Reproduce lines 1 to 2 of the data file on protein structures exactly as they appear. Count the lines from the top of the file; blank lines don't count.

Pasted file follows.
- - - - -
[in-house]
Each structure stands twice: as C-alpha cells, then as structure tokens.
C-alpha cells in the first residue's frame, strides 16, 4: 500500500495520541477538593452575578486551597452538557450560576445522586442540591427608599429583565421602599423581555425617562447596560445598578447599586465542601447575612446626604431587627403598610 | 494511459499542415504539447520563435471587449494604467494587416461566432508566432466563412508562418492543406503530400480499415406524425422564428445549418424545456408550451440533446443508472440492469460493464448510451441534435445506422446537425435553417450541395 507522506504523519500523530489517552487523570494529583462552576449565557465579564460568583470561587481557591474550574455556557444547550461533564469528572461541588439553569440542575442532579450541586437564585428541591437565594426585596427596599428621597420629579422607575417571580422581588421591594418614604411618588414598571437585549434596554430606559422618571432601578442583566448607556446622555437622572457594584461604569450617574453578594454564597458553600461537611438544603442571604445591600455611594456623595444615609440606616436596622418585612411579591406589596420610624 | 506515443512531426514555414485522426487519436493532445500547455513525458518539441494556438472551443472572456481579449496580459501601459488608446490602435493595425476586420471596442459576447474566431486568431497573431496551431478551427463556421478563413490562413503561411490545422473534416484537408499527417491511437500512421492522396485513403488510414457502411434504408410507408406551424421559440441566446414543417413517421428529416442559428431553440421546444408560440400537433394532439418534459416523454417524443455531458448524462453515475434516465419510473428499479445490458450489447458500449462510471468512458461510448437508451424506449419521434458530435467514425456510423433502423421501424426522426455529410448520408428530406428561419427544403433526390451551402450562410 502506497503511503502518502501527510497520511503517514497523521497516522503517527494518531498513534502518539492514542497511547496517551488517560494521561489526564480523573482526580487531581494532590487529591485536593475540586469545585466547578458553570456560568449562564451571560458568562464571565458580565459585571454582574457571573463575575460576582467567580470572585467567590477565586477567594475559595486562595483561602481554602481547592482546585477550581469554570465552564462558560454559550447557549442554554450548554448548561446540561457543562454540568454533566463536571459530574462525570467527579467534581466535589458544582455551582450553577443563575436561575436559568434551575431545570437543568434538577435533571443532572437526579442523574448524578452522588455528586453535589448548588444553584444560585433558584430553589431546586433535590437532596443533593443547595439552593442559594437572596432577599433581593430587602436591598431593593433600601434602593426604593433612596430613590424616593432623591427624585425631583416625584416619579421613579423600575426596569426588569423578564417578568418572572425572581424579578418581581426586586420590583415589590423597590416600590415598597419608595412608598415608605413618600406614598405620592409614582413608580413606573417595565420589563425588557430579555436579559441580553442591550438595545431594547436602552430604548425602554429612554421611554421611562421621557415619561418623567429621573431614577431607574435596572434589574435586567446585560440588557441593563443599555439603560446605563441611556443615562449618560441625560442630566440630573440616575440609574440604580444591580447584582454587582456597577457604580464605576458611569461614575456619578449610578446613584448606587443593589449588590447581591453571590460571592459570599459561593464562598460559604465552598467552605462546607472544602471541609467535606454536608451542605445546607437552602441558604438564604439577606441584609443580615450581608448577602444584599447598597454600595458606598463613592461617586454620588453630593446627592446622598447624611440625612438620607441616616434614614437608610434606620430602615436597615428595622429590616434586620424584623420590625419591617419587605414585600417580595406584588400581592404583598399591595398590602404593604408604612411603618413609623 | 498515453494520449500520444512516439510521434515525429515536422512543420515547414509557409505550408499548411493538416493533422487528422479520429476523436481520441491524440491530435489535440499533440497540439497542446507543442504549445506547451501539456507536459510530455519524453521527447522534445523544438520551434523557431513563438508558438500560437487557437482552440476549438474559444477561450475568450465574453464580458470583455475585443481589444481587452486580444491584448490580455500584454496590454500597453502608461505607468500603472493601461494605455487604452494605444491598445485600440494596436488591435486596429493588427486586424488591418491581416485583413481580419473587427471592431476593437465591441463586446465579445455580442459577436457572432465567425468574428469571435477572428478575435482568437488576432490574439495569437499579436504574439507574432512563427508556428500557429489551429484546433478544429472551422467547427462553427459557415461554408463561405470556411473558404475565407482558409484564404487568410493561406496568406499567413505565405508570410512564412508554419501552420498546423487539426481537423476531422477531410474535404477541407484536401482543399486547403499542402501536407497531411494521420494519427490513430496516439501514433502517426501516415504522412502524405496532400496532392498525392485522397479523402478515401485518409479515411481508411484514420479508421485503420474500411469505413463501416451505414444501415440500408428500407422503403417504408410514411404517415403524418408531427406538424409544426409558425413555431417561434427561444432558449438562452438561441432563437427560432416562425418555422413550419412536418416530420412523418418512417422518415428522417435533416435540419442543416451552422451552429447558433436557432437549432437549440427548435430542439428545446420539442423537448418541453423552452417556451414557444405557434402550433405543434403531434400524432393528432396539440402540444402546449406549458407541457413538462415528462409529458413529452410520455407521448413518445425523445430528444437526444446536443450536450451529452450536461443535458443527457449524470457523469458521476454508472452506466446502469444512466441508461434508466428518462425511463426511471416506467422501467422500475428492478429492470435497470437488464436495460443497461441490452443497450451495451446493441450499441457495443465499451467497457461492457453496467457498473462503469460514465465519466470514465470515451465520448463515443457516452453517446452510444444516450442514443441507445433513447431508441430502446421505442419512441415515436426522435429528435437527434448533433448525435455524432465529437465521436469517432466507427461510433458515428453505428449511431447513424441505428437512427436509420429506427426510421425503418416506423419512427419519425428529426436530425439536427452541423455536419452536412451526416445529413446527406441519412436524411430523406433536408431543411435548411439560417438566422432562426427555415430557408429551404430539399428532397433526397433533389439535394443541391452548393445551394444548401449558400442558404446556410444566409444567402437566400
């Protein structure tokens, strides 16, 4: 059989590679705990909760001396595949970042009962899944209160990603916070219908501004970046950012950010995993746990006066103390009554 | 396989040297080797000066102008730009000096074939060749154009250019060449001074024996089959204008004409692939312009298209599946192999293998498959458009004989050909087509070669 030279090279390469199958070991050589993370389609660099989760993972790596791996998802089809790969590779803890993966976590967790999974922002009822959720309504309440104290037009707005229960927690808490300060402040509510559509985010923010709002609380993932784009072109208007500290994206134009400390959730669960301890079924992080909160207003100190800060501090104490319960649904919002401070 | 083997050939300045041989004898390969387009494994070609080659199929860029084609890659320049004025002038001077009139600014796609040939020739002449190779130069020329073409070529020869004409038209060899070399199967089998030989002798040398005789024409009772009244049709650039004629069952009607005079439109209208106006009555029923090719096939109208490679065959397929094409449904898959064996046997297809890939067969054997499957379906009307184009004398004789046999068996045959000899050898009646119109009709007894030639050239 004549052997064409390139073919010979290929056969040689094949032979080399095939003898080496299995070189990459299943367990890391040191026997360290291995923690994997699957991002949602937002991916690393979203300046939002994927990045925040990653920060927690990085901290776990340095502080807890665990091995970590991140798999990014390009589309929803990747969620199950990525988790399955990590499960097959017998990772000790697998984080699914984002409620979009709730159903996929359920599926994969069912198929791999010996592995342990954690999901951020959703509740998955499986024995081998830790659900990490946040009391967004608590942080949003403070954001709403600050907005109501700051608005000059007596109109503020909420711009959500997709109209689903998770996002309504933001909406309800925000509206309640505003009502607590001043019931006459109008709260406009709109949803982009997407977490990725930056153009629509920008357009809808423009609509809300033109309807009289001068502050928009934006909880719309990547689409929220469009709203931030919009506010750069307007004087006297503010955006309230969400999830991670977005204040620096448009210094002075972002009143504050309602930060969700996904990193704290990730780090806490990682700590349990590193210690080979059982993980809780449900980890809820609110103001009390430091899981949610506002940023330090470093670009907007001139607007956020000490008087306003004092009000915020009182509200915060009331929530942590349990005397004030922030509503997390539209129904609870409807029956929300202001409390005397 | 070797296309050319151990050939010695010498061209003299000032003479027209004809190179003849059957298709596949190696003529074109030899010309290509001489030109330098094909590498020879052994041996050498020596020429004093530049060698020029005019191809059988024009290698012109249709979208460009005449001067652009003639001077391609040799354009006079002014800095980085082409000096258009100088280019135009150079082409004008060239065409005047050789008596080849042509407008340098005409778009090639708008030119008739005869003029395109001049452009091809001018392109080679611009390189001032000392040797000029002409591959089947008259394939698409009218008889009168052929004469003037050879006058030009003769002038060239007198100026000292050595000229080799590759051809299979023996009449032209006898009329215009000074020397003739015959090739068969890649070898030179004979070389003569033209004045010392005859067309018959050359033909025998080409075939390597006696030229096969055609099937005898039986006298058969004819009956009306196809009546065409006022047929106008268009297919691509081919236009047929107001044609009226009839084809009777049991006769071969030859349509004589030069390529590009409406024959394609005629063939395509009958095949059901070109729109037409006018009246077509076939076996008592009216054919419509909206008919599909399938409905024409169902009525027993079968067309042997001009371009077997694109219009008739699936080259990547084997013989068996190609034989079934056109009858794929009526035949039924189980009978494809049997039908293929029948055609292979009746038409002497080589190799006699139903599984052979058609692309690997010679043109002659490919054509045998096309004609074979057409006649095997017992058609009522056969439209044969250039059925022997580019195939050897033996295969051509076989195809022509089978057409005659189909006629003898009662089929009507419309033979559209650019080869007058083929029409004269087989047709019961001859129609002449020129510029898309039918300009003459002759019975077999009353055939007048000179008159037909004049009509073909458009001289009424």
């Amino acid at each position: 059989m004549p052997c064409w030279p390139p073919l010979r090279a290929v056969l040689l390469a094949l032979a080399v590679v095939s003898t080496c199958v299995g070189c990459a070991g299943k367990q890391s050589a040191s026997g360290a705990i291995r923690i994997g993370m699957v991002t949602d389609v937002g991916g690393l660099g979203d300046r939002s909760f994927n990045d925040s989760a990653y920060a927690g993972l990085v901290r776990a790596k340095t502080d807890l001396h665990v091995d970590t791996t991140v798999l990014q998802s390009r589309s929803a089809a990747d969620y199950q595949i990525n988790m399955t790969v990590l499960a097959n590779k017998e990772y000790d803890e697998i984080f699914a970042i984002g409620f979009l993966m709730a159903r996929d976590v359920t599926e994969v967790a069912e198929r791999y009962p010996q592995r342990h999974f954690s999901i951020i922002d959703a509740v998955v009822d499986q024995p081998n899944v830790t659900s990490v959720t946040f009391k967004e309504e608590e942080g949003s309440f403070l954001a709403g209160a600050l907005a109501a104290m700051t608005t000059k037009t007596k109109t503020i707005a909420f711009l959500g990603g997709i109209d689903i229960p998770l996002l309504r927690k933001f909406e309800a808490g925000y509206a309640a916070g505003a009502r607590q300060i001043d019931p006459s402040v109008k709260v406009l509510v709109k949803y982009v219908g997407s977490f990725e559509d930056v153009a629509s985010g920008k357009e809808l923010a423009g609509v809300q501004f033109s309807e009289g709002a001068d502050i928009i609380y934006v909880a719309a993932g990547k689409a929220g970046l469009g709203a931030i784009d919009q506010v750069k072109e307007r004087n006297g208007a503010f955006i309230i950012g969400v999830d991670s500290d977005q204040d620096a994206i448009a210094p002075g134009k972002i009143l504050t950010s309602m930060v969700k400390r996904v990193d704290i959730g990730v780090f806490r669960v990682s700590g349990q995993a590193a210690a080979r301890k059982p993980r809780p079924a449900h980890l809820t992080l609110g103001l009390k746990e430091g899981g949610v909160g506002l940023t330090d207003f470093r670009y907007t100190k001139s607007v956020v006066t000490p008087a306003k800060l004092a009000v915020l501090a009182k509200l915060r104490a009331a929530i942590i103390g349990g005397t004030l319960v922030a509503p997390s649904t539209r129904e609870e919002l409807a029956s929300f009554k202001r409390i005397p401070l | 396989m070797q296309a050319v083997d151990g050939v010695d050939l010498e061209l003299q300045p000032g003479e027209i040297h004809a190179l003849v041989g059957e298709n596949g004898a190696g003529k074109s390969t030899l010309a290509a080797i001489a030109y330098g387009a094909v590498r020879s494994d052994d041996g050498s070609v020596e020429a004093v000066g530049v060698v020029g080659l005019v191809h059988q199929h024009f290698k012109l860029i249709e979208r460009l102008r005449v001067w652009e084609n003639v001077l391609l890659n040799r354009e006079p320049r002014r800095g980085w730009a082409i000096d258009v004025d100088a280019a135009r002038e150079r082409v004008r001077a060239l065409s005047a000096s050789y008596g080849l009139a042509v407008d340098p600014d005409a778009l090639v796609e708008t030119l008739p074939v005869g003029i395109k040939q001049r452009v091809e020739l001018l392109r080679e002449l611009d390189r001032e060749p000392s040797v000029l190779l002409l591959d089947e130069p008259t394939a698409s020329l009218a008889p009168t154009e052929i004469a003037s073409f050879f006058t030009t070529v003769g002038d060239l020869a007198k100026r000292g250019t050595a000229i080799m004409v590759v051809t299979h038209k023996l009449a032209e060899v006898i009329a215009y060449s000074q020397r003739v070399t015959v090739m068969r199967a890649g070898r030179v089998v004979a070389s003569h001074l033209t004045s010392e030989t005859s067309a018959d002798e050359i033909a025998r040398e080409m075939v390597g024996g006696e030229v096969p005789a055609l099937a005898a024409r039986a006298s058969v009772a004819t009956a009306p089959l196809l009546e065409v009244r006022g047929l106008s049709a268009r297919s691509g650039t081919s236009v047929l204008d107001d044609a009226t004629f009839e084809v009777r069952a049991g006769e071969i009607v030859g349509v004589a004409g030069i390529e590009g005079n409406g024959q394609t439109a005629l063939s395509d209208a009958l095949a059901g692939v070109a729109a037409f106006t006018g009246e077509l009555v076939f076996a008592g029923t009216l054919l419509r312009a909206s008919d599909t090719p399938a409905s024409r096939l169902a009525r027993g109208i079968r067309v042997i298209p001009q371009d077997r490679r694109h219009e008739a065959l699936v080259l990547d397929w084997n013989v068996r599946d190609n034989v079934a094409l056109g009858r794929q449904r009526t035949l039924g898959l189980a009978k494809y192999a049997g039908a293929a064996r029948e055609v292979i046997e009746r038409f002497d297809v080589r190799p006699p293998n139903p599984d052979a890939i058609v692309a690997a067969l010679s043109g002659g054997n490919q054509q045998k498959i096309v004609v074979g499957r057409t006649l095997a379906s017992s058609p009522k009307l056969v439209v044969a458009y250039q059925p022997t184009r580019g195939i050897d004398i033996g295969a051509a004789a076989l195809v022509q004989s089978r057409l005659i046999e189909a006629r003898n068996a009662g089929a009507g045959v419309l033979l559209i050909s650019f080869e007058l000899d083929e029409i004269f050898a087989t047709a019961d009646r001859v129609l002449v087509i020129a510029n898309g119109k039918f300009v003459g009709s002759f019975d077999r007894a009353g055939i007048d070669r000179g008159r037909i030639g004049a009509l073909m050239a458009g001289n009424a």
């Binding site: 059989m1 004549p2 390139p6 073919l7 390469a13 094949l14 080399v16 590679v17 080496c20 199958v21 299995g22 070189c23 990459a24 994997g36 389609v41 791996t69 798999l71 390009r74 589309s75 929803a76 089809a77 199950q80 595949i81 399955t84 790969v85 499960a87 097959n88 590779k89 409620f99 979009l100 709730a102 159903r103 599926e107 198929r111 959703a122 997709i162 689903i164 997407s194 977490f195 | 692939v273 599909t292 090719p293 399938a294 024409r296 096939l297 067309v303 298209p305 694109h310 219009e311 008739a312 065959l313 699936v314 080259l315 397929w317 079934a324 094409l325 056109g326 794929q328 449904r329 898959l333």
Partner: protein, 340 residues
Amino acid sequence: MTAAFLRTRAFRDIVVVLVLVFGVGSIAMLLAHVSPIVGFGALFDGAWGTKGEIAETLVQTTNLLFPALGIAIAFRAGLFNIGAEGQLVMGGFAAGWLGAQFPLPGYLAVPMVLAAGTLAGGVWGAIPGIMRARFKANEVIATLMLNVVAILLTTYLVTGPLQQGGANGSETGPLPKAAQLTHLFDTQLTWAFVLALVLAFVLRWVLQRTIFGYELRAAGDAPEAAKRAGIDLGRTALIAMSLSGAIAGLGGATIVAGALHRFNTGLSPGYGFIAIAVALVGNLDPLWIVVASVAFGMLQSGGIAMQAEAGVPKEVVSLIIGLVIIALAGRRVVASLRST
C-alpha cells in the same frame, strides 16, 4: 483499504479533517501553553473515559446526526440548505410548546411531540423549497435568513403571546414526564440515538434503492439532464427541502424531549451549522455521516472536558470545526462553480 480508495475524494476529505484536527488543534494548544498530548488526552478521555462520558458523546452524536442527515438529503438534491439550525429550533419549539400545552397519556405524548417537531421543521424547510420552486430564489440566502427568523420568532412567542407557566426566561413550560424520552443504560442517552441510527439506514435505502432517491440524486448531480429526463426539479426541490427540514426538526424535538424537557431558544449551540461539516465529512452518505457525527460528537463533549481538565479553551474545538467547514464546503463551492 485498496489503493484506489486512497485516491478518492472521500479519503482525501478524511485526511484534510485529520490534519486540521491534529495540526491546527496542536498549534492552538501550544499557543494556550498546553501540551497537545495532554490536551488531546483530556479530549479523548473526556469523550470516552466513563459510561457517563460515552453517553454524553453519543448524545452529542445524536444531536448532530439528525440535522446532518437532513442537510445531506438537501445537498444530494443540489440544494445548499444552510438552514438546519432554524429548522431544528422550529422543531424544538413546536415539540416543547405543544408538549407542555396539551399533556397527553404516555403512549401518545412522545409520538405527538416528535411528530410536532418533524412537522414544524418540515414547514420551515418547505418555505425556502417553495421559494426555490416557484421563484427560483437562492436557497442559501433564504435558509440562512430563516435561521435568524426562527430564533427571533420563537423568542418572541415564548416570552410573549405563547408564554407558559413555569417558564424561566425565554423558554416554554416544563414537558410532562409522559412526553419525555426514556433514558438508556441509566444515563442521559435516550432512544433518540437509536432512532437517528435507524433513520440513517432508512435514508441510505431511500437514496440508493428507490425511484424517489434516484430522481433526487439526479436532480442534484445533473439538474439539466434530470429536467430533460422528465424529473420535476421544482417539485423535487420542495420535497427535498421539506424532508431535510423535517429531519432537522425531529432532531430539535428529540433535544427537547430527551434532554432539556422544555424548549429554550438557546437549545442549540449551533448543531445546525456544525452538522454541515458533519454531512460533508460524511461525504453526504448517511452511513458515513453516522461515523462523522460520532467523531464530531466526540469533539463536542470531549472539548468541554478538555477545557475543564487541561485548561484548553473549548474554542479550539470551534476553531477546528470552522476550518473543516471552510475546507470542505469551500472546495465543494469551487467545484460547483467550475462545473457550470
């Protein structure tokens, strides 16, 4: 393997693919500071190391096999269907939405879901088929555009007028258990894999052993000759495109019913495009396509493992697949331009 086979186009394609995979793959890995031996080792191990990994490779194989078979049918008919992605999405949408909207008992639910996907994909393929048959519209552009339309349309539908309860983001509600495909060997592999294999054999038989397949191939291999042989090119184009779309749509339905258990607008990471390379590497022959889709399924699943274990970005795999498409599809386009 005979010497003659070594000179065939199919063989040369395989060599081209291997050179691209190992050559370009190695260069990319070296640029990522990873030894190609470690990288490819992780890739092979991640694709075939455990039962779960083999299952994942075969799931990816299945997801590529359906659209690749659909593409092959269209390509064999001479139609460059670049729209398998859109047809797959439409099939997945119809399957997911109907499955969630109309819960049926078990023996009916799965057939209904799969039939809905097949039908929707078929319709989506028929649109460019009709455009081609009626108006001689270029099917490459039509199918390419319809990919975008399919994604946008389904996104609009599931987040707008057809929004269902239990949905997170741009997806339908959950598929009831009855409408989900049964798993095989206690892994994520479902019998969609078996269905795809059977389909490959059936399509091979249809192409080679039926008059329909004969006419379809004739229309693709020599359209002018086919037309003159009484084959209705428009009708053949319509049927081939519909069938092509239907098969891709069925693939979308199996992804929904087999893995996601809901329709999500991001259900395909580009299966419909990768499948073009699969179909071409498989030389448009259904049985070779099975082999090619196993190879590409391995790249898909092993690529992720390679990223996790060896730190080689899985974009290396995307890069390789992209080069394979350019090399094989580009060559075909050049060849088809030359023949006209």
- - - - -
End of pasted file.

[in-house]
Each structure stands twice: as C-alpha cells, then as structure tokens.